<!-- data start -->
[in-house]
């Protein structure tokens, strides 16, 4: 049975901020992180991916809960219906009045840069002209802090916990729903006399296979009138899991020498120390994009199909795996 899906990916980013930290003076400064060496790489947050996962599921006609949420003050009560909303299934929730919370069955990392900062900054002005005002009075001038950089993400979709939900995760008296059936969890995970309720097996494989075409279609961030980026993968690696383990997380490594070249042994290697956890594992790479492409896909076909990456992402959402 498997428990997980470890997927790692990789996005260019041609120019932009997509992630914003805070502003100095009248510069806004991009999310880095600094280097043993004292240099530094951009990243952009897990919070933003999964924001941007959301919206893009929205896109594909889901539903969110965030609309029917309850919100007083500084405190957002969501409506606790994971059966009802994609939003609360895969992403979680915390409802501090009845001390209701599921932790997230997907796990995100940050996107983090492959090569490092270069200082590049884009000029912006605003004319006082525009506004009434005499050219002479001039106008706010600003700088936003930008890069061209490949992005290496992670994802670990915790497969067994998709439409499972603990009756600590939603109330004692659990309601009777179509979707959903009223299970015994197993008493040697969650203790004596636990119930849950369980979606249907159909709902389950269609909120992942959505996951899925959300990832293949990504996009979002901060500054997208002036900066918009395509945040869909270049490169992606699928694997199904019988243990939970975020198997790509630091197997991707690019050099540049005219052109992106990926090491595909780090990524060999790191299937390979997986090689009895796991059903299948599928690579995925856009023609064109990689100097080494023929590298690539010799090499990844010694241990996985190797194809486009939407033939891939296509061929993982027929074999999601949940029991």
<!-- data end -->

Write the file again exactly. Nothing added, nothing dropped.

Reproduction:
[in-house]
């Protein structure tokens, strides 16, 4: 049975901020992180991916809960219906009045840069002209802090916990729903006399296979009138899991020498120390994009199909795996 899906990916980013930290003076400064060496790489947050996962599921006609949420003050009560909303299934929730919370069955990392900062900054002005005002009075001038950089993400979709939900995760008296059936969890995970309720097996494989075409279609961030980026993968690696383990997380490594070249042994290697956890594992790479492409896909076909990456992402959402 498997428990997980470890997927790692990789996005260019041609120019932009997509992630914003805070502003100095009248510069806004991009999310880095600094280097043993004292240099530094951009990243952009897990919070933003999964924001941007959301919206893009929205896109594909889901539903969110965030609309029917309850919100007083500084405190957002969501409506606790994971059966009802994609939003609360895969992403979680915390409802501090009845001390209701599921932790997230997907796990995100940050996107983090492959090569490092270069200082590049884009000029912006605003004319006082525009506004009434005499050219002479001039106008706010600003700088936003930008890069061209490949992005290496992670994802670990915790497969067994998709439409499972603990009756600590939603109330004692659990309601009777179509979707959903009223299970015994197993008493040697969650203790004596636990119930849950369980979606249907159909709902389950269609909120992942959505996951899925959300990832293949990504996009979002901060500054997208002036900066918009395509945040869909270049490169992606699928694997199904019988243990939970975020198997790509630091197997991707690019050099540049005219052109992106990926090491595909780090990524060999790191299937390979997986090689009895796991059903299948599928690579995925856009023609064109990689100097080494023929590298690539010799090499990844010694241990996985190797194809486009939407033939891939296509061929993982027929074999999601949940029991």